The virtual reality company, bought by Facebook last year for $2 billion, said Thursday it plans to launch its consumer Rift headset early next year in a partnership with Microsoft that will tie together the Xbox One game console to the Oculus platform.
The final version of the Rift, shown today for the first time, will come with an Xbox Once wireless controller, as well as a standing camera to track your head movements and whether you’re standing and moving around the room or sitting down. Oculus is also working on hand controllers of its own, called Oculus Touch, that resemble small joysticks with looping rings around the base. That hardware is being designed to bring more realistic hand-motions to VR worlds that will let people interact with the environment.
The reveal of its final consumer version is sure to help bolster Oculus’s efforts to grab the attention of consumers, who until now have only seen prototypes and demonstration videos of the headset. Yet the company has declined to say how much the headset will cost, with executives hinting late last month that it may cost around $1,500 when bundled with a PC cheaper costing $1,000 or less.
Consumers won’t have to wait long for new games, however. The partnership with Microsoft will bring the entire catalog of Xbox One games, including the upcoming sci-fi shooter Halo 5: Guardians, to the Rift through streaming technology built into Windows 10, Microsoft’s operating system upgrade due out July 29.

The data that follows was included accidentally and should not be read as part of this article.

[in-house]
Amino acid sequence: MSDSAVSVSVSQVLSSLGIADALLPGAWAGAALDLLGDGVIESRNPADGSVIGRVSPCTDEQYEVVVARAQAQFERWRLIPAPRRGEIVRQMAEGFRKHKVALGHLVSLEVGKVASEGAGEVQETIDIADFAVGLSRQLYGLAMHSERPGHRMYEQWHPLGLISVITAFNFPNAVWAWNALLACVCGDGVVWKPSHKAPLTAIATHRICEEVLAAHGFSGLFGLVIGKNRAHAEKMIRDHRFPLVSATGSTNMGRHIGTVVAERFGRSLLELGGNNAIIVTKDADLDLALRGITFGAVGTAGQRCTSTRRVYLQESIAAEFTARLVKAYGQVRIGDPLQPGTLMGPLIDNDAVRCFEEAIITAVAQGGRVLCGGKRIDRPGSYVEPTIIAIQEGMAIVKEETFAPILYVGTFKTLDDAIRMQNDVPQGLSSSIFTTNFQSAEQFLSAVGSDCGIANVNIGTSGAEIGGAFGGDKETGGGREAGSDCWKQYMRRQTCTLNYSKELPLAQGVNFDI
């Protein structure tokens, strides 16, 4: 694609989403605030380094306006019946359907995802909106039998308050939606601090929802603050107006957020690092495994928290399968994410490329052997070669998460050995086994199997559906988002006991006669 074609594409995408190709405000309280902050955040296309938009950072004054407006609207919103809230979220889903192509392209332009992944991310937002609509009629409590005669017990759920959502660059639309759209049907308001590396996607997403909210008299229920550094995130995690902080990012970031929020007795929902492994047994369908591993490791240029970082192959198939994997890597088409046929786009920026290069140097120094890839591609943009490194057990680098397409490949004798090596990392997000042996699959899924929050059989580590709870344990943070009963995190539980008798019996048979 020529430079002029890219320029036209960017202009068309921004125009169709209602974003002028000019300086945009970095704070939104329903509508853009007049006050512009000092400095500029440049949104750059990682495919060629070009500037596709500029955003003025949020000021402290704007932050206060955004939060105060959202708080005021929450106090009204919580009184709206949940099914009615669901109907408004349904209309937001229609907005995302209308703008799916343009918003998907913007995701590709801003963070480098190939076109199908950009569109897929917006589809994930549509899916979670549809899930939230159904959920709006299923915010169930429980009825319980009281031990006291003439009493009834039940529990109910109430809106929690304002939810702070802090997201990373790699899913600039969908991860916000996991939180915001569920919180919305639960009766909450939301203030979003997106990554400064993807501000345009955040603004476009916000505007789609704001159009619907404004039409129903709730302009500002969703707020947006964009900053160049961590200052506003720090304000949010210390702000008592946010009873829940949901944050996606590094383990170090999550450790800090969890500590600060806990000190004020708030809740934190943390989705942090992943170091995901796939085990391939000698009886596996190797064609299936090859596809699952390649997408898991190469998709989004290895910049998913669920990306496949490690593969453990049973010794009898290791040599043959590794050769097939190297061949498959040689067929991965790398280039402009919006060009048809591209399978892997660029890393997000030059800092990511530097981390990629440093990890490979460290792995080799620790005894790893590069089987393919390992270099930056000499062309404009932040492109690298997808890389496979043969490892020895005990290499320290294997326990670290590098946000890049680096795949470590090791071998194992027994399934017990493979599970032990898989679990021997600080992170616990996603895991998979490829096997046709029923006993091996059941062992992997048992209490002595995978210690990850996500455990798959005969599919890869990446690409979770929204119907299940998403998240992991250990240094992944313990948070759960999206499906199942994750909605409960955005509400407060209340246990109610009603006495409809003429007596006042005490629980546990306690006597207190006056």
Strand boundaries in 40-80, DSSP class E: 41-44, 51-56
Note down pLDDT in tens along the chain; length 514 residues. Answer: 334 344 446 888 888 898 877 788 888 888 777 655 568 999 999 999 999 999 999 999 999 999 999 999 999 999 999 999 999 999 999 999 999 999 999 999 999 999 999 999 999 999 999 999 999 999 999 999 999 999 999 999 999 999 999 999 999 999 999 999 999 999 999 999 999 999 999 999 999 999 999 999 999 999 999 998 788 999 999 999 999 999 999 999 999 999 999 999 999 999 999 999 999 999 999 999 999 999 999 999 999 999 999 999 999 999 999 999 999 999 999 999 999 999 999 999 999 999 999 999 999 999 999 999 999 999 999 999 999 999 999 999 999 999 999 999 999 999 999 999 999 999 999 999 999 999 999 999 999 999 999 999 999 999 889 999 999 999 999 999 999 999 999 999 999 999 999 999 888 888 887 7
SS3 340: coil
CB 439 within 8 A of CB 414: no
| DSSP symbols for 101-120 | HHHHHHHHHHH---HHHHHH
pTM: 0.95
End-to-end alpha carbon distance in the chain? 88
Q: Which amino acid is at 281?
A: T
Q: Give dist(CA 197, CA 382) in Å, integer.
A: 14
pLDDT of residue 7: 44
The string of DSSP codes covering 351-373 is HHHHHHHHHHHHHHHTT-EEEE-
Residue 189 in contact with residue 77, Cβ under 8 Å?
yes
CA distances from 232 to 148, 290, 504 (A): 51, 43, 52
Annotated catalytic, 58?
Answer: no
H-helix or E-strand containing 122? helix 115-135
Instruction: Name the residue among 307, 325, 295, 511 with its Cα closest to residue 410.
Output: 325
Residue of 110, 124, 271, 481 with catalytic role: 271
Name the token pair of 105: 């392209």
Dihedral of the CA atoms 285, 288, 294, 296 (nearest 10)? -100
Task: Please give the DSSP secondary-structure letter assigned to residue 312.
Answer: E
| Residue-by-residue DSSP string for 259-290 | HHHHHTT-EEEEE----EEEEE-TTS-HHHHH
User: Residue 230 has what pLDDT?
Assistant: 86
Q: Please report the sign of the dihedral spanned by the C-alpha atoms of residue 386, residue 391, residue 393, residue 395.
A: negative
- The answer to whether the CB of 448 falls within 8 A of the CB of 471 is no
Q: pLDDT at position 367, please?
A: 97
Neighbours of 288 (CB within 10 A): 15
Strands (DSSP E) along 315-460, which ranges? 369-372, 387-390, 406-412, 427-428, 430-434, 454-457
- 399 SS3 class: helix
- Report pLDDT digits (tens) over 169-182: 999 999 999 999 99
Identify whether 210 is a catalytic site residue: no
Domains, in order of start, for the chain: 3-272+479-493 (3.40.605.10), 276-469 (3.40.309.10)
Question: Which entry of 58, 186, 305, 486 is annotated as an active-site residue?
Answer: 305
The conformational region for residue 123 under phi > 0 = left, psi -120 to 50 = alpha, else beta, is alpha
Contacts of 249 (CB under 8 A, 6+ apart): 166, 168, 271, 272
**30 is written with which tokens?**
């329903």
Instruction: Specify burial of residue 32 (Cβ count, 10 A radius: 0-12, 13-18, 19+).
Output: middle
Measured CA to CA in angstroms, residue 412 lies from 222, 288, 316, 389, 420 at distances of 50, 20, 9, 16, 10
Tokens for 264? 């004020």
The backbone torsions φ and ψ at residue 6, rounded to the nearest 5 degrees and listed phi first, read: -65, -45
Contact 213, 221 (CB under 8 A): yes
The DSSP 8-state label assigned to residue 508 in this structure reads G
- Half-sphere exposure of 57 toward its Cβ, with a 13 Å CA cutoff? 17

Xbox games will not be optimized for the Rift at launch and will only be playable on a virtual screen akin to sitting in a home theatre. It’s worth noting that Oculus is still very much a device for PC users. The Xbox One partnership is only available to Windows 10 users who presumably will be using the Rift to play games designed for the PC as well, and the Rift is unlikely to be marketed as a device Xbox One owners can use as a substitute for a television.
The promise of VR, and the companies behind it, could be transformative. Put a headset on your head, and suddenly the screen and headphones transport you to a computer generated world, be that an epic space battle, the forest floor while a giant walks overhead or a massive tower filled with mysteries to solve.
“VR allows us to experience anything anywhere. It is that powerful,” said Oculus VR CEO Brendan Iribe onstage at the event. “With this device, you’ll finally be able to teleport to new worlds … it’s a paradigm change, and it all begins now.”
Right now, Oculus’ focus is on gaming, as creating virtual worlds to inhabit is similar to what game developers do every day. But the company is dabbling in computer-generated films with its in-house production division, Oculus Story Studio, and bringing real-world captured video to the Rift that could transport you to far away places on Earth or even elsewhere in the Solar System.
Mark Zuckerberg, Facebook’s CEO, has said he believes VR has the potential to even change the way we interact with computers, and the way we communicate with one another. “With Oculus we’re making a long-term bet on the future of computing,” he said in a conference call last October.
Article is found on Cnet.
By Nick Statt and Ian Sherr